Common name:

Dor beetles

Number of species:


Size Range:





  • Anoplotrupes stercorosus
  • Geotrupes mutator
  • Trypocopris vernalis
  • Typhaeus typhoeus


The Geotrupidae have eight British representatives, seven in the subfamily Geotrupinae and one species, Odonteus armiger (Scopoli) in subfamily Bolbatocerinae, often raised to family level. This species is thought to feed on hypogeal (underground) fungi and is found mostly in the south and southeast, here it is often caught at light.  Males have prominent thoracic horns.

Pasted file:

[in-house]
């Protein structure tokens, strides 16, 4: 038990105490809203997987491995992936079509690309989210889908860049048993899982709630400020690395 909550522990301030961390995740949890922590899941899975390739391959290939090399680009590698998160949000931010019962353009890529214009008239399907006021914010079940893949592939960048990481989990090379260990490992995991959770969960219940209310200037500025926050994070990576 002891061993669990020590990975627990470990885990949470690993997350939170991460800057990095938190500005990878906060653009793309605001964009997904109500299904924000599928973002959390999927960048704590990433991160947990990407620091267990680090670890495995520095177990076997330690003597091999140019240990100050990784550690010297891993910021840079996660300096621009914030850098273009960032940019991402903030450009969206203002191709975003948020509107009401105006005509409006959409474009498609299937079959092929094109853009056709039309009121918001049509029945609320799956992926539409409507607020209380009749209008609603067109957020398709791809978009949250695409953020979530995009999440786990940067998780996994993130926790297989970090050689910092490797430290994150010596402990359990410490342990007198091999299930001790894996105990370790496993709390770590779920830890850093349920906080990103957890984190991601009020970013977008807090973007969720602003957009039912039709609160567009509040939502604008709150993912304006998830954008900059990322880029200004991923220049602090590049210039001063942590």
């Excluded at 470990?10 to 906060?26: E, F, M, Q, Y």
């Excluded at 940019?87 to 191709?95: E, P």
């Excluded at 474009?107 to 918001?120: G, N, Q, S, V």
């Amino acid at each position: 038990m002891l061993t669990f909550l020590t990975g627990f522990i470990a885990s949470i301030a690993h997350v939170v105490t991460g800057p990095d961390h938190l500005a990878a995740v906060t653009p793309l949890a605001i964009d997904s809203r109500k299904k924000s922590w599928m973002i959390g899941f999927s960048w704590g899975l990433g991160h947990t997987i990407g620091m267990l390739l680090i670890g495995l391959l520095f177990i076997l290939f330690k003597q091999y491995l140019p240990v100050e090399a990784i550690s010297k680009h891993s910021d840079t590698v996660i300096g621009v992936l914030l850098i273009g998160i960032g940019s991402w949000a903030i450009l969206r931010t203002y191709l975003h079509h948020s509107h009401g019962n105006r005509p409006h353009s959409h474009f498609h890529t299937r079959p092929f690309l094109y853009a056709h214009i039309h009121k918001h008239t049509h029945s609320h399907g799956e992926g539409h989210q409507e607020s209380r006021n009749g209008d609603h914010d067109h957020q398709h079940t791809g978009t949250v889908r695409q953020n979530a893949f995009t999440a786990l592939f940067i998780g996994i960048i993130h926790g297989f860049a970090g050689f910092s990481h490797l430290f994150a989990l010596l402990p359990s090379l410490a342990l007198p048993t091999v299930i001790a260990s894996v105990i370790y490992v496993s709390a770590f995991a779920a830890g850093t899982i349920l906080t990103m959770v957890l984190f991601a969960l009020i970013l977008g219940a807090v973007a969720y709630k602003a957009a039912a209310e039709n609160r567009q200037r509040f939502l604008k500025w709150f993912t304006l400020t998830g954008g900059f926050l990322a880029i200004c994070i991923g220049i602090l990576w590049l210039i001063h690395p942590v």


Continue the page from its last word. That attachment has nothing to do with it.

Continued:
The Geotrupinae are large black heavily-built beetles (10-26mm), often with green or blue metallic reflections.  Like O. armiger, they are strong fliers and often come to light.  The minotaur beetle Typhaeus typhoeus (L.) is our only member of the ‘roller’ guild of dung beetles: males have three large thoracic horns.  Both sexes can occasionally be seen rolling rabbit droppings towards their deep (1-1.5m) burrows, but can be more often located by the spoil heaps their tunnelling leaves in open sandy areas.  The other species excavate shorter (5-60cm) burrows beneath or directly beside dung.